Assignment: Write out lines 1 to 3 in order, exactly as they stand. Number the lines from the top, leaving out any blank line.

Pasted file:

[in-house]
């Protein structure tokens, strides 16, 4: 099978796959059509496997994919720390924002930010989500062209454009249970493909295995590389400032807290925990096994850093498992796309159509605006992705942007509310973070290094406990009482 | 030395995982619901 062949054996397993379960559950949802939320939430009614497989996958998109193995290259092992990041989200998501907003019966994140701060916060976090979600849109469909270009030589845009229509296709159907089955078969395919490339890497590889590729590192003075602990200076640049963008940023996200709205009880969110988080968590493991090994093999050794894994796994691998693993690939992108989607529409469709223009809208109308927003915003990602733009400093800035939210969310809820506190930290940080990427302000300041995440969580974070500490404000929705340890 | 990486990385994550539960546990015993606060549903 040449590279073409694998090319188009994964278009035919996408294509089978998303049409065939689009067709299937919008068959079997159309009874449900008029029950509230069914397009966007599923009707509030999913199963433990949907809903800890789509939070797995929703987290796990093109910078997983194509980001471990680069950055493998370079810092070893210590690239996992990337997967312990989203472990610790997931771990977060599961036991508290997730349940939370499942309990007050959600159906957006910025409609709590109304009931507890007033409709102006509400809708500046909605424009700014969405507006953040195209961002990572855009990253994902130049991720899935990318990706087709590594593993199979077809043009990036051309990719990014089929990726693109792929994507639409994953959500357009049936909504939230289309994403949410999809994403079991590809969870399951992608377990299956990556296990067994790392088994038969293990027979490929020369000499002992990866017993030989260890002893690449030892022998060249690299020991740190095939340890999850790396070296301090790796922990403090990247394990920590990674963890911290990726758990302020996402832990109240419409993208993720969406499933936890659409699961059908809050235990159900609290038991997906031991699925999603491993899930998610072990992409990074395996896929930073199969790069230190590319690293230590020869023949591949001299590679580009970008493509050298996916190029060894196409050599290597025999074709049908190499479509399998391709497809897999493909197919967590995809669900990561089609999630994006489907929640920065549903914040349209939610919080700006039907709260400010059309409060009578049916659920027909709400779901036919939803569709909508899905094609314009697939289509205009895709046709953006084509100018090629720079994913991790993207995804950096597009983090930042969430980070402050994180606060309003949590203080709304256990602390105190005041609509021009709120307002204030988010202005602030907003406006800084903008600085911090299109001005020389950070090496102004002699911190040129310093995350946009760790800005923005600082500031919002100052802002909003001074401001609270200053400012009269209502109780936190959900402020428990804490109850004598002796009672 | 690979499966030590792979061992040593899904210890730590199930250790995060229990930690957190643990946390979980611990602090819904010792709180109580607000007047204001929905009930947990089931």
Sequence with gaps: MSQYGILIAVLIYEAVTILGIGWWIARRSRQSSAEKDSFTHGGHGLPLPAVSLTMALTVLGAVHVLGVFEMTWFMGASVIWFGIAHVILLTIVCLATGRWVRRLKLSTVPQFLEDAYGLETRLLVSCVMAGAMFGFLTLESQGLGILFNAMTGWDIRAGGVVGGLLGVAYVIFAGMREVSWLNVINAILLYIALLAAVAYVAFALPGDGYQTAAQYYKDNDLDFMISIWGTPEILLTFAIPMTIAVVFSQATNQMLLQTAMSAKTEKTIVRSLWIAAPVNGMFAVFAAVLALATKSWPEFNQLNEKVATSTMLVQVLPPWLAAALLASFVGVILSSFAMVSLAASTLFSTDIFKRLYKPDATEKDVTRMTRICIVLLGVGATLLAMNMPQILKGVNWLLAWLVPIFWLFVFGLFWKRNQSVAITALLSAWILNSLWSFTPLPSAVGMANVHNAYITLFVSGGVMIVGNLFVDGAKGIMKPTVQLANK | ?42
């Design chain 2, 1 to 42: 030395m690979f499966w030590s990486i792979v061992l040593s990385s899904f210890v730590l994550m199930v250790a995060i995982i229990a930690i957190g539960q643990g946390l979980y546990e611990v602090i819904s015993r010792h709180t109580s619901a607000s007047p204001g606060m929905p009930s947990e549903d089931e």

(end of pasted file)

[in-house]
């Protein structure tokens, strides 16, 4: 099978796959059509496997994919720390924002930010989500062209454009249970493909295995590389400032807290925990096994850093498992796309159509605006992705942007509310973070290094406990009482 | 030395995982619901 062949054996397993379960559950949802939320939430009614497989996958998109193995290259092992990041989200998501907003019966994140701060916060976090979600849109469909270009030589845009229509296709159907089955078969395919490339890497590889590729590192003075602990200076640049963008940023996200709205009880969110988080968590493991090994093999050794894994796994691998693993690939992108989607529409469709223009809208109308927003915003990602733009400093800035939210969310809820506190930290940080990427302000300041995440969580974070500490404000929705340890 | 990486990385994550539960546990015993606060549903 040449590279073409694998090319188009994964278009035919996408294509089978998303049409065939689009067709299937919008068959079997159309009874449900008029029950509230069914397009966007599923009707509030999913199963433990949907809903800890789509939070797995929703987290796990093109910078997983194509980001471990680069950055493998370079810092070893210590690239996992990337997967312990989203472990610790997931771990977060599961036991508290997730349940939370499942309990007050959600159906957006910025409609709590109304009931507890007033409709102006509400809708500046909605424009700014969405507006953040195209961002990572855009990253994902130049991720899935990318990706087709590594593993199979077809043009990036051309990719990014089929990726693109792929994507639409994953959500357009049936909504939230289309994403949410999809994403079991590809969870399951992608377990299956990556296990067994790392088994038969293990027979490929020369000499002992990866017993030989260890002893690449030892022998060249690299020991740190095939340890999850790396070296301090790796922990403090990247394990920590990674963890911290990726758990302020996402832990109240419409993208993720969406499933936890659409699961059908809050235990159900609290038991997906031991699925999603491993899930998610072990992409990074395996896929930073199969790069230190590319690293230590020869023949591949001299590679580009970008493509050298996916190029060894196409050599290597025999074709049908190499479509399998391709497809897999493909197919967590995809669900990561089609999630994006489907929640920065549903914040349209939610919080700006039907709260400010059309409060009578049916659920027909709400779901036919939803569709909508899905094609314009697939289509205009895709046709953006084509100018090629720079994913991790993207995804950096597009983090930042969430980070402050994180606060309003949590203080709304256990602390105190005041609509021009709120307002204030988010202005602030907003406006800084903008600085911090299109001005020389950070090496102004002699911190040129310093995350946009760790800005923005600082500031919002100052802002909003001074401001609270200053400012009269209502109780936190959900402020428990804490109850004598002796009672 | 690979499966030590792979061992040593899904210890730590199930250790995060229990930690957190643990946390979980611990602090819904010792709180109580607000007047204001929905009930947990089931």
Sequence with gaps: MSQYGILIAVLIYEAVTILGIGWWIARRSRQSSAEKDSFTHGGHGLPLPAVSLTMALTVLGAVHVLGVFEMTWFMGASVIWFGIAHVILLTIVCLATGRWVRRLKLSTVPQFLEDAYGLETRLLVSCVMAGAMFGFLTLESQGLGILFNAMTGWDIRAGGVVGGLLGVAYVIFAGMREVSWLNVINAILLYIALLAAVAYVAFALPGDGYQTAAQYYKDNDLDFMISIWGTPEILLTFAIPMTIAVVFSQATNQMLLQTAMSAKTEKTIVRSLWIAAPVNGMFAVFAAVLALATKSWPEFNQLNEKVATSTMLVQVLPPWLAAALLASFVGVILSSFAMVSLAASTLFSTDIFKRLYKPDATEKDVTRMTRICIVLLGVGATLLAMNMPQILKGVNWLLAWLVPIFWLFVFGLFWKRNQSVAITALLSAWILNSLWSFTPLPSAVGMANVHNAYITLFVSGGVMIVGNLFVDGAKGIMKPTVQLANK | ?42